Jump to content

Stargazers Lounge Uses Cookies

Like most websites, SGL uses cookies in order to deliver a secure, personalised service, to provide social media functions and to analyse our traffic. Continued use of SGL indicates your acceptance of our cookie policy.

sgl_2019_sp_banner.thumb.jpg.a0ff260c05b90dead5c594e9b4ee9fd0.jpg

Patbloke

It's the same Moon...

Recommended Posts

Fascinating thread. SGC is full of many hidden gems of threads. My dads brother moved to Australia when he was 16, he’s now 66.  He’s been over a few times (funerals!) but I hope to bring my family over to spend some time there. I think I will find the night sky very disorientating. 

Share this post


Link to post
Share on other sites
On 30/05/2018 at 19:58, Captain Magenta said:

Anyway, to bring it back to topic, 80-90 degrees seems to be the rotation between Cairns and Kidderminster, as LukeSkywatcher indicated?

If Kidderminster is 52N and Cairns is 16S, then the angle subtended by them relative to the centre of the Earth is 68 degrees.  I would therefore expect the Moon to appear tilted by 68 degrees when the views from one location are compared to the other.

Taking Mare Nectaris as a reference point in the images from the first post, in the first image I would say it is about 2 o'clock from the centre of the Moon, and in the second it is about half past 11.  As each hour represents 30 degrees that would suggest a figure of around 75 degrees.  I'm sure with something like Photoshop you could lay one on top of the other and do it more accurately.

James

  • Like 2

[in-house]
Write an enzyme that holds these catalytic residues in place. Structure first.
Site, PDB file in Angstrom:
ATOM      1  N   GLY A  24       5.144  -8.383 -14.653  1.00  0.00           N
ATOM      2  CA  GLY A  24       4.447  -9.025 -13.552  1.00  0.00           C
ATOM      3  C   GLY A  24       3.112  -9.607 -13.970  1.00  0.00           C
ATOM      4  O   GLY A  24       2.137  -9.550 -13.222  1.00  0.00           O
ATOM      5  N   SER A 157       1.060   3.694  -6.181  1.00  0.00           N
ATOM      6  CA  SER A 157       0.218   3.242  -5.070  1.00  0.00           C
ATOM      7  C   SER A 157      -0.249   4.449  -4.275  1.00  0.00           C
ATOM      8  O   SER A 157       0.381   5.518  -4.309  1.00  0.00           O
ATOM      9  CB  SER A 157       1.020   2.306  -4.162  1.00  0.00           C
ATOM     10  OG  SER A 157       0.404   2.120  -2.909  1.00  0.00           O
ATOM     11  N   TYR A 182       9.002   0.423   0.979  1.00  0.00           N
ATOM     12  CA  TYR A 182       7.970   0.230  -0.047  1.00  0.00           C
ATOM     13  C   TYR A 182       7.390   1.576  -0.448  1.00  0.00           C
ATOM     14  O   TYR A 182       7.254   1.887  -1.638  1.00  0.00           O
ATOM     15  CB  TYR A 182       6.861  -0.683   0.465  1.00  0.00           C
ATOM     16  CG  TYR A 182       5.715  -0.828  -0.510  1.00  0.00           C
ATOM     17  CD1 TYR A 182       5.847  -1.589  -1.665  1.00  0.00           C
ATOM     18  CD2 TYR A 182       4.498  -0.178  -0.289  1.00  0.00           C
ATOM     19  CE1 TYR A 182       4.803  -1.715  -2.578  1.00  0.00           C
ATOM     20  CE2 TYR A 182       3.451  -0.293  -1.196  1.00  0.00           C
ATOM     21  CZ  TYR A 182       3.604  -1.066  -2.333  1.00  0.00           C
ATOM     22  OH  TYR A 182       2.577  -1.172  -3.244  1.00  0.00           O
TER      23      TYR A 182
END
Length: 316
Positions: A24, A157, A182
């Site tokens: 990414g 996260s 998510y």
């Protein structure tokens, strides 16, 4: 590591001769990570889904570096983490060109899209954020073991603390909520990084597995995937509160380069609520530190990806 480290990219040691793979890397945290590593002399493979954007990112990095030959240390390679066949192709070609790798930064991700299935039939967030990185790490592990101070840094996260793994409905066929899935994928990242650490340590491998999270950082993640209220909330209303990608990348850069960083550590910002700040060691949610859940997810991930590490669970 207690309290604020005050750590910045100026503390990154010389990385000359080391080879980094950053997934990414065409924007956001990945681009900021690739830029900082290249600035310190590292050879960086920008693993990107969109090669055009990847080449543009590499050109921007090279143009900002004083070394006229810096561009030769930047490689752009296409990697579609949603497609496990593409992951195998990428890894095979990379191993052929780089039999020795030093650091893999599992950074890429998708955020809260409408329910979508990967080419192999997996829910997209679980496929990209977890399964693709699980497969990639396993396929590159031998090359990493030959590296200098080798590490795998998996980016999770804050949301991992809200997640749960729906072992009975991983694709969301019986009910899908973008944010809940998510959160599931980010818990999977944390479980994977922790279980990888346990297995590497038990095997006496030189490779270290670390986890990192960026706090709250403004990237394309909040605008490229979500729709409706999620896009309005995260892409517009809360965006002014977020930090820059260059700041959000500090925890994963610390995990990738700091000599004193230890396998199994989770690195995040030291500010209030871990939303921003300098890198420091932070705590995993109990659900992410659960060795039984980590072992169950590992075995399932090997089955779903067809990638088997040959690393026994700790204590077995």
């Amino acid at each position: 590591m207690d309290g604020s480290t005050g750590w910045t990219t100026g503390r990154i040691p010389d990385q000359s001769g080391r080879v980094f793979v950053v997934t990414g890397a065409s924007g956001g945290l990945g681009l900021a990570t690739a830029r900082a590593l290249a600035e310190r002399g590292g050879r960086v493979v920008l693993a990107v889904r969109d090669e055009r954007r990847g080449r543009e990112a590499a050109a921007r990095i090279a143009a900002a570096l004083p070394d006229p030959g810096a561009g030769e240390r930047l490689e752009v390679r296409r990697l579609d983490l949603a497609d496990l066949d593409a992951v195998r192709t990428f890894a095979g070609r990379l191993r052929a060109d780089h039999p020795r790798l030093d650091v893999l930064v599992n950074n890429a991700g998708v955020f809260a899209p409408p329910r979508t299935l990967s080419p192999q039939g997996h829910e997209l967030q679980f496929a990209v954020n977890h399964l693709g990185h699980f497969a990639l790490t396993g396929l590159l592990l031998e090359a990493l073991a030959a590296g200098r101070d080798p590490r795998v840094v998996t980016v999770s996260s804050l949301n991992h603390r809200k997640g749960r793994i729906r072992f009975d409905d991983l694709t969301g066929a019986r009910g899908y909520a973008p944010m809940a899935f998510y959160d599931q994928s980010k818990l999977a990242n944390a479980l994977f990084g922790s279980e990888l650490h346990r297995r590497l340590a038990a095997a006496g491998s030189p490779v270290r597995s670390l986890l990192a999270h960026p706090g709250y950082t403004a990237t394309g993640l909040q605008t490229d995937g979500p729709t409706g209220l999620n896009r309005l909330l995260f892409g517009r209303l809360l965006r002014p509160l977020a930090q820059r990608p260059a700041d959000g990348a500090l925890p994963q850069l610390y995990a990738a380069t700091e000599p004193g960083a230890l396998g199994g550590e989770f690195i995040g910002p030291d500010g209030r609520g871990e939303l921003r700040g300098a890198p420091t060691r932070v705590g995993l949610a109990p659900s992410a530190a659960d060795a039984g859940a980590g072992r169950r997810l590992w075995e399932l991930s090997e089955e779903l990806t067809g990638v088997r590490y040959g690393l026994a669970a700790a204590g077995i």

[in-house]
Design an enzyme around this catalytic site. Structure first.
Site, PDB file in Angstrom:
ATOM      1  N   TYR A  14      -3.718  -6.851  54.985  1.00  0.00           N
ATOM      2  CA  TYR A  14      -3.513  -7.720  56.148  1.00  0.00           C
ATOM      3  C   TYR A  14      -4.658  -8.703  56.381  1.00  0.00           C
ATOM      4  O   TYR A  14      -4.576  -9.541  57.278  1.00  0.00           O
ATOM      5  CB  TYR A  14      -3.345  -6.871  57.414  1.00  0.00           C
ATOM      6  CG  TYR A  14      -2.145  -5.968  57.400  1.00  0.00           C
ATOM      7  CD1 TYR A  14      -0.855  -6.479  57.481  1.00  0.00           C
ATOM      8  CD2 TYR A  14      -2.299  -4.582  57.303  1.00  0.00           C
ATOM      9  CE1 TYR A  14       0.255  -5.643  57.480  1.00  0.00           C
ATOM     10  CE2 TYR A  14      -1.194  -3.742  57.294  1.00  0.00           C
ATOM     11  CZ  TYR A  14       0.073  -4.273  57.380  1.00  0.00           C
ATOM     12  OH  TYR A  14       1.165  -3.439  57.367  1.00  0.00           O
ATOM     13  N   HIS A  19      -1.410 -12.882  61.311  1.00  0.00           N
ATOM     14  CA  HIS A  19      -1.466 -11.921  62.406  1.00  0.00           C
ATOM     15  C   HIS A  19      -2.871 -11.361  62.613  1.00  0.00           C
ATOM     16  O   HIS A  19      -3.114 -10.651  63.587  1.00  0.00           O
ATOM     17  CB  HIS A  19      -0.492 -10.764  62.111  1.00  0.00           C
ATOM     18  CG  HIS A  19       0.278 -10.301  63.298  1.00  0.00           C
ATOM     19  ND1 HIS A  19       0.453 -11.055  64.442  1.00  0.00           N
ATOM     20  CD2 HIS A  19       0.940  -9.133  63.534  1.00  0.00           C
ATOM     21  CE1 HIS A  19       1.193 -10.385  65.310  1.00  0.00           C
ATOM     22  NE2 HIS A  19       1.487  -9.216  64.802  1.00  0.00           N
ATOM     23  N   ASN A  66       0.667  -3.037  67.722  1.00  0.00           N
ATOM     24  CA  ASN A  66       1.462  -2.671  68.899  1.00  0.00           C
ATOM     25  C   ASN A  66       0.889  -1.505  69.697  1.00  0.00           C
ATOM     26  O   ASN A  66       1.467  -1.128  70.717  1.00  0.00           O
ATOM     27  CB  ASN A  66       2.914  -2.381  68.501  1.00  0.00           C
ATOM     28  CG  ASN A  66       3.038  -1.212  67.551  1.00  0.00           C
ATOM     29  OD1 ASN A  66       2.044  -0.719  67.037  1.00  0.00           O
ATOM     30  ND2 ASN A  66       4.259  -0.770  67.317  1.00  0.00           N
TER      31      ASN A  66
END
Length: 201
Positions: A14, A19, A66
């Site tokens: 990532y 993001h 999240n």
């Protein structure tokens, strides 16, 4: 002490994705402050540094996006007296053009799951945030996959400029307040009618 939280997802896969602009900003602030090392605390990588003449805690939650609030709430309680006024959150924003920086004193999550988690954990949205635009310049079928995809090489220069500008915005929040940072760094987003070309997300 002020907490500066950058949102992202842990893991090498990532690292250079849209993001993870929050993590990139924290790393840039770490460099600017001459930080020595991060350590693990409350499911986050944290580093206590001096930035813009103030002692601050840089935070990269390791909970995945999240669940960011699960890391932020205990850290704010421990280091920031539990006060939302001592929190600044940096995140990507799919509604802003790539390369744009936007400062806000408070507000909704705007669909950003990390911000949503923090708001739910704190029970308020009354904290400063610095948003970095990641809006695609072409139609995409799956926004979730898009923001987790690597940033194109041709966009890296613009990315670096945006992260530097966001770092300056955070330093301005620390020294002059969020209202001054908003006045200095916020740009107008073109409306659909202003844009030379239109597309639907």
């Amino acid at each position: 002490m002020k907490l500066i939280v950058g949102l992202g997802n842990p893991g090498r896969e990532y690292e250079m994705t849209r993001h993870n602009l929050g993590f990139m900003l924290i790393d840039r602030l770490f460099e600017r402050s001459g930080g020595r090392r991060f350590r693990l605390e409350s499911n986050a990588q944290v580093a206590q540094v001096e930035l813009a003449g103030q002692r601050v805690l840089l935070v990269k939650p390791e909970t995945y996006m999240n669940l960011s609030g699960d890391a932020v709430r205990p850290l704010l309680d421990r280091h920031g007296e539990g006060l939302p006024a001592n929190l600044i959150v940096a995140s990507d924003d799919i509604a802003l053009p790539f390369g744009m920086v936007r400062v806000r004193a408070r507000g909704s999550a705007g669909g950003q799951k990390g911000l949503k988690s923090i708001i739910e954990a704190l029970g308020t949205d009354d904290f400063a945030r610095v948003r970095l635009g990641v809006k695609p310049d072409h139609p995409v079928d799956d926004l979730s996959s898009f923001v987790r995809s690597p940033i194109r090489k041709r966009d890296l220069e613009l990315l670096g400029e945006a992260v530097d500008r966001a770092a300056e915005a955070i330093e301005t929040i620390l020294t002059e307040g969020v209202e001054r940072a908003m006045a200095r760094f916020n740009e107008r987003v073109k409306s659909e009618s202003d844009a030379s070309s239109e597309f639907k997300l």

Share this post


Link to post
Share on other sites
On 01/06/2018 at 00:05, JamesF said:

If Kidderminster is 52N and Cairns is 16S, then the angle subtended by them relative to the centre of the Earth is 68 degrees.  I would therefore expect the Moon to appear tilted by 68 degrees when the views from one location are compared to the other....

Unfortunately it's more complicated than that. What you say is true only if Cairns and Kidderminster are at the same longitude, and the target is directly across the horizon from each place (or if the earth is flat and you're standing on the edge ;) ). If they were at exactly opposite longitudes, your subtended angle would be 144 or 216 degrees ie 52+(180-16) . The actual apparent angle is a fairly involved function of lat, lon, RAs &Decs, and time.

Edited by Captain Magenta
  • Like 1

Share this post


Link to post
Share on other sites

Join the conversation

You can post now and register later. If you have an account, sign in now to post with your account.

Guest
Reply to this topic...

×   Pasted as rich text.   Paste as plain text instead

  Only 75 emoji are allowed.

×   Your link has been automatically embedded.   Display as a link instead

×   Your previous content has been restored.   Clear editor

×   You cannot paste images directly. Upload or insert images from URL.


  • Recently Browsing   0 members

    No registered users viewing this page.

×
×
  • Create New...

Important Information

By using this site, you agree to our Terms of Use.